an exception to this rule was in the Bandon area where there were many Protestant farmers who gave information. Although the Intelligence Officer of the area was exceptionally experienced and although the troops were most active it proved almost impossible to protect those brave men, many of whom were murdered while almost all the remainder suffered grave material loss.

Murphy therefore concluded in a 1998 review of Hart's research, "the IRA killings in the Bandon area were motivated by political and not sectarian considerations". He amended this in 2005 to "Possibly, military considerations, rather than political, would have been a more fitting way to describe the reason for the IRA response to those who informed." [19] In 2013 Bandon Mayor Gillian Coughlan described a song about these historical events by Professor David Fitzpatrick of TCD as "insulting to the memory of people who fought and to people who died".[20]

Castle Bernard, the seat of Lord Bandon, was also burned in the Irish War of Independence.


Twin city

Bandon has a twin city agreement with Bandon, Oregon in the United States. That city was founded in 1873 by Lord George Bennet, a native of the Irish Bandon who named the American one after it, and who is known especially for having introduced gorse into the US ecology with some disastrous results.

Transport and communications


Notable local figures include :

Sports and Community Groups


There are four secondary schools in Bandon. One of these, Bandon Grammar School, is a fee paying Church of Ireland-ethos boarding school. The other schools include Hamilton High School, St. Brogan's, and Coláiste na Toirbhirte (formerly known as Presentation Sisters College).[22] Bandon Grammar School and St. Brogan's are both mixed schools, Hamilton High School is a boys only Catholic school, and Coláiste na Toirbhirte is a girls only school.[23] Hamilton High is now situated in a building near where the grammar school originally was before moving across the river to its current location in the 1950s.

In Popular Culture

In Harry Potter and The Chamber of Secrets, Gilderoy Lockhart claims to have defeated the 'Bandon Banshee'.

See also


  2. "Census 2006 – Volume 1 – Population Classified by Area" (PDF). Central Statistics Office Census 2006 Reports. Central Statistics Office Ireland. April 2007. Archived from the original (PDF) on 7 June 2011. Retrieved 2011-06-12.
  3. Census for post 1821 figures.
  5. "NISRA – Northern Ireland Statistics and Research Agency (c) 2013". 2010-09-27. Archived from the original on 17 February 2012. Retrieved 2014-02-03.
  6. Lee, JJ (1981). "On the accuracy of the Pre-famine Irish censuses". In Goldstrom, J. M.; Clarkson, L. A. Irish Population, Economy, and Society: Essays in Honour of the Late K. H. Connell. Oxford, England: Clarendon Press.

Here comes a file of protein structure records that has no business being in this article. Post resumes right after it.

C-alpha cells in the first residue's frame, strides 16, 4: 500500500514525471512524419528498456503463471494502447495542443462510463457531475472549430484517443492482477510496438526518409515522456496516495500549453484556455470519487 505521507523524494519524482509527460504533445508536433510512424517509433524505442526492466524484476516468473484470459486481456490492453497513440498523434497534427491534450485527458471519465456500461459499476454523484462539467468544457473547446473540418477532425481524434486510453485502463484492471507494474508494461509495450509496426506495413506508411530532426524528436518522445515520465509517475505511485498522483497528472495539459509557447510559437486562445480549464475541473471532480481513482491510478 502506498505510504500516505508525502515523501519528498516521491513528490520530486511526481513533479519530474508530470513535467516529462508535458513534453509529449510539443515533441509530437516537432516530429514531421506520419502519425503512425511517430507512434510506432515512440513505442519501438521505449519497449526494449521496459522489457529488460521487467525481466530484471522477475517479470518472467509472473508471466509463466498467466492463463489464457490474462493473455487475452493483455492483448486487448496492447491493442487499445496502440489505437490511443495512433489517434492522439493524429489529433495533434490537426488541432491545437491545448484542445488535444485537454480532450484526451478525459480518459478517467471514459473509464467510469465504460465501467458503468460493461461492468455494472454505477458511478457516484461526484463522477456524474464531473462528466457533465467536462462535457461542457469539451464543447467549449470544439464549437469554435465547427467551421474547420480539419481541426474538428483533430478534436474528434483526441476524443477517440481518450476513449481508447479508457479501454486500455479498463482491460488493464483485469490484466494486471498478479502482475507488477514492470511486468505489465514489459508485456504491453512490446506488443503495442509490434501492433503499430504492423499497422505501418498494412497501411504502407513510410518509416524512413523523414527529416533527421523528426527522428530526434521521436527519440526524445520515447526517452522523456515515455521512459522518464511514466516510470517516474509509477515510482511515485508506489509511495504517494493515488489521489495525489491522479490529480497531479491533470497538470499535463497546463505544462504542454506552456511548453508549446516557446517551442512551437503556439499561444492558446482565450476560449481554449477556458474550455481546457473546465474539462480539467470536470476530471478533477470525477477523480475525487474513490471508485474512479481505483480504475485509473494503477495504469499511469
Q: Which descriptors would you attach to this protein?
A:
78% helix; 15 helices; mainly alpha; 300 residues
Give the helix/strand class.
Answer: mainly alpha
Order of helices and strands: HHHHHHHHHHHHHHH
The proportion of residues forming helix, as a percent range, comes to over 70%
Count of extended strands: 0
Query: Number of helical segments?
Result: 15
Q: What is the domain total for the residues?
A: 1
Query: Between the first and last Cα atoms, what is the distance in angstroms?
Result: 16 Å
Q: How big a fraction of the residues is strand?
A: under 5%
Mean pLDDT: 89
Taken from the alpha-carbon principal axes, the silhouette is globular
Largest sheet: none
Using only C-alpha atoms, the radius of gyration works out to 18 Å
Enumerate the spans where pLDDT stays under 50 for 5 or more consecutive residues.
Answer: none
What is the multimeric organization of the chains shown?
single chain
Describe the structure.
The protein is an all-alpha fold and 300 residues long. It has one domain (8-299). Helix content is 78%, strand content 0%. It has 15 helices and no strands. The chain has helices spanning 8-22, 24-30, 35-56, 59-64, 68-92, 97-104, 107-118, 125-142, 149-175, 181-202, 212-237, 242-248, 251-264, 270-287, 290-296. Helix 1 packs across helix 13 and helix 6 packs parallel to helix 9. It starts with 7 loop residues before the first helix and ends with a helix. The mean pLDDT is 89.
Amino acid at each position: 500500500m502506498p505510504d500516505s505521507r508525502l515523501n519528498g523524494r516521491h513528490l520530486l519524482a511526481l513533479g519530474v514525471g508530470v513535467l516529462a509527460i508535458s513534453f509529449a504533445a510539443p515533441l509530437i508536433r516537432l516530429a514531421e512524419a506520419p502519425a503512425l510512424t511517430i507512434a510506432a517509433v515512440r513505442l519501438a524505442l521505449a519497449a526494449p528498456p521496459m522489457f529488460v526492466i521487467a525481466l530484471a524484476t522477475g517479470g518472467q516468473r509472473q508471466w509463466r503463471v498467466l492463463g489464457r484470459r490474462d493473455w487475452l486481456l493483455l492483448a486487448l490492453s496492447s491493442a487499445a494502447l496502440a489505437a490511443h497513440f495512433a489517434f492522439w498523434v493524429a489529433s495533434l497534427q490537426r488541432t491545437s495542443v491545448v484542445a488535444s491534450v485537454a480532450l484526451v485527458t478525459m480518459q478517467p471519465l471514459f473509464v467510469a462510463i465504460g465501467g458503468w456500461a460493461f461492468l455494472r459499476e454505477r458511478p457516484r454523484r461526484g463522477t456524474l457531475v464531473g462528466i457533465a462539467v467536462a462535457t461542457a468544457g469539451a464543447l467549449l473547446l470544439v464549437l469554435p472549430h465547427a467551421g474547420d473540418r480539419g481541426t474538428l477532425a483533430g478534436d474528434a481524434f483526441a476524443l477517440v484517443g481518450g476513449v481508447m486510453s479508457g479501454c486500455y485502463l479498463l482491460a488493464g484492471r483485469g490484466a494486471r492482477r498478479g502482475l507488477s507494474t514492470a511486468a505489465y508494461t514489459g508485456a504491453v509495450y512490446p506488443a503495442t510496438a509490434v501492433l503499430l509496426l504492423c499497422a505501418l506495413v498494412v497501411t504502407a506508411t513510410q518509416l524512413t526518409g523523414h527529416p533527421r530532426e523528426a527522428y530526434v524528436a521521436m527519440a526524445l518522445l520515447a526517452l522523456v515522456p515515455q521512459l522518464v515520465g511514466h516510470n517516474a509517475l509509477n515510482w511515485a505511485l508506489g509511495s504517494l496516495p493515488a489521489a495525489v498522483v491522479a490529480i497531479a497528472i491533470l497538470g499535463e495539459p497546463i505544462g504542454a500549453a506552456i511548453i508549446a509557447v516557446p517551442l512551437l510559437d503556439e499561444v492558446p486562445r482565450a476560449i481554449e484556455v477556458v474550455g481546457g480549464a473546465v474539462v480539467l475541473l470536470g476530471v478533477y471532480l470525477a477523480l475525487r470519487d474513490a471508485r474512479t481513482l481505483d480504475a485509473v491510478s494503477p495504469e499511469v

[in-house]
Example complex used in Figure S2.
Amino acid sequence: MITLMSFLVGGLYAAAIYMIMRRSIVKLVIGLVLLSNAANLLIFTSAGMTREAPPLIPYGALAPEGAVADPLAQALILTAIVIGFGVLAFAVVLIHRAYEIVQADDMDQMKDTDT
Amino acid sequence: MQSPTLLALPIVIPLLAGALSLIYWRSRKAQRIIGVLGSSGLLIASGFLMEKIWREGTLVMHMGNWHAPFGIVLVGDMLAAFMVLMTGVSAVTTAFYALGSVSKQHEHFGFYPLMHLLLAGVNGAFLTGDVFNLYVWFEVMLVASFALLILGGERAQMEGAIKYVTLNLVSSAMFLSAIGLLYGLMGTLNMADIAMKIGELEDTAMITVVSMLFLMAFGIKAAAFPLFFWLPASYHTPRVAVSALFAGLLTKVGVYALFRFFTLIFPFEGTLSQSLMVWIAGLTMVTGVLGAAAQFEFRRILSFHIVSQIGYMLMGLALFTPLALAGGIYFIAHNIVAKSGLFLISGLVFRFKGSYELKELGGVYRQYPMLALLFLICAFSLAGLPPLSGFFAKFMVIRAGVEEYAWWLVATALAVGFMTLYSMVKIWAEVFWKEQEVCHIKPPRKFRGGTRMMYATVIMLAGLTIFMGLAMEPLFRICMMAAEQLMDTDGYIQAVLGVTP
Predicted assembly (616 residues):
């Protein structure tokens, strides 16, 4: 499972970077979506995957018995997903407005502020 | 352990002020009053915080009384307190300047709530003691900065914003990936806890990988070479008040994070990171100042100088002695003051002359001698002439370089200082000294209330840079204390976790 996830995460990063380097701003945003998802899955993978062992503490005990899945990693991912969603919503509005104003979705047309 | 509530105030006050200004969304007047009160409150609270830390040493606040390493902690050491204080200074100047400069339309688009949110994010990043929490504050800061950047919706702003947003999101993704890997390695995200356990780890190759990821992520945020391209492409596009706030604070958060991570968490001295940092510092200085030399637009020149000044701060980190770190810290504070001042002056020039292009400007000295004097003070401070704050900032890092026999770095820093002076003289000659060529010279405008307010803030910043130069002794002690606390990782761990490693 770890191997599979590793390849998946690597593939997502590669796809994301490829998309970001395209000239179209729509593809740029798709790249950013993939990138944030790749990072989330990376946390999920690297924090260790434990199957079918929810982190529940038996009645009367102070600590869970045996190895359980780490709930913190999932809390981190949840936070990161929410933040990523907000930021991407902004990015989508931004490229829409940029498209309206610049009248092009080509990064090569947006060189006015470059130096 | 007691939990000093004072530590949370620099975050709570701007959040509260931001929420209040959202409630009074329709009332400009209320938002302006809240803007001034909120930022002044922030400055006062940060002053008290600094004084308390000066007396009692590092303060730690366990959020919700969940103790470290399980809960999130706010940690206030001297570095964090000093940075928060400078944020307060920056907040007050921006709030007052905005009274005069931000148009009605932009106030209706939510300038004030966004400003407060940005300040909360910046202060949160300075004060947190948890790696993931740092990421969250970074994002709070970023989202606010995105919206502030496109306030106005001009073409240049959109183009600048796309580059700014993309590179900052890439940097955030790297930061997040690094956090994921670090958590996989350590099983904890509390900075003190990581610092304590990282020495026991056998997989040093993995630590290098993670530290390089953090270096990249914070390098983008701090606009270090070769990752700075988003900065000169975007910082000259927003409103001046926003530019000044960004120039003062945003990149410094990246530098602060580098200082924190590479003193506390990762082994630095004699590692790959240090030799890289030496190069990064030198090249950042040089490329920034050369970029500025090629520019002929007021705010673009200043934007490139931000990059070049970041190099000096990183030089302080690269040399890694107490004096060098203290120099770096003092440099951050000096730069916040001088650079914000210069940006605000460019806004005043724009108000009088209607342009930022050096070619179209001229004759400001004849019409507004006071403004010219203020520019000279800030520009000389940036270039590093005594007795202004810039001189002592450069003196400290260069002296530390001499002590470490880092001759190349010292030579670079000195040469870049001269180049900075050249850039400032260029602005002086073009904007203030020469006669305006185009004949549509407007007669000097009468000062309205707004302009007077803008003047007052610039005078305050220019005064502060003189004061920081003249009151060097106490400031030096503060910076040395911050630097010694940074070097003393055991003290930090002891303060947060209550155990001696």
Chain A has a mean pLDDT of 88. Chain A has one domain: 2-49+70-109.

7. Mokyr, Joel; O Grada, Cormac (November 1984). "New Developments in Irish Population History, 1700–1850". The Economic History Review. Volume. 37 (4): 473–488. doi:10.1111/j.1468-0289.1984.tb00344.x.
  8. Tom Barry: IRA Freedom Fighter by Meda Ryan (ISBN 1-85635-480-6), page 25
  9. "Evangelical Magazine and Missionary Chronicle". Volume 24. 1816. Retrieved 2013-09-16.
  10. "The Church Under Attack".
  11. "An Amazing Past". Retrieved 24 December 2011.
  12. 1926 Census of Saorstat Eireann (Vol III, Table 7)
  13. General report, Ireland, 1911, Page 222
  14. Brian P Murphy osb and Niall Meehan, Troubles in Irish History: A 10th anniversary critique of The IRA and its Enemies, Aubane Historical Society (2008)
  15. Niall Meehan, Examining Peter Hart, Field Day Review 10 2014)
  16. A Record of the Rebellion in Ireland in 1920–1921, Jeudwine Papers, 72/8212, Imperial War Museum.
  17. Brian P Murphy osb and Niall Meehan, Troubles in Irish History: A 10th anniversary critique of The IRA and its Enemies, Aubane Historical Society (2008), ISBN 978-1-903497-46-3 p.47
  18. Hart, pp.305, 306
  19. name="Irish Political Review' V20 N7 July 2005 (ISSN 0790-7672), pp.10–11", also in Meehan, Murphy, 2008, p48./
  20. Lecturer Ballad insults victims of Dunmanway, Justine McCarthy, Sunday Times, 17 February 2013.
  21. "The Opinion | opinion magazine". Retrieved 2014-02-03.
  22. "Coláiste na Toirbhirte – Presentation College, Bandon, Co. Cork". Retrieved 6 June 2016.
  23. "Bandon Parish". Archived from the original on 10 September 2011. Retrieved 7 October 2011.

External links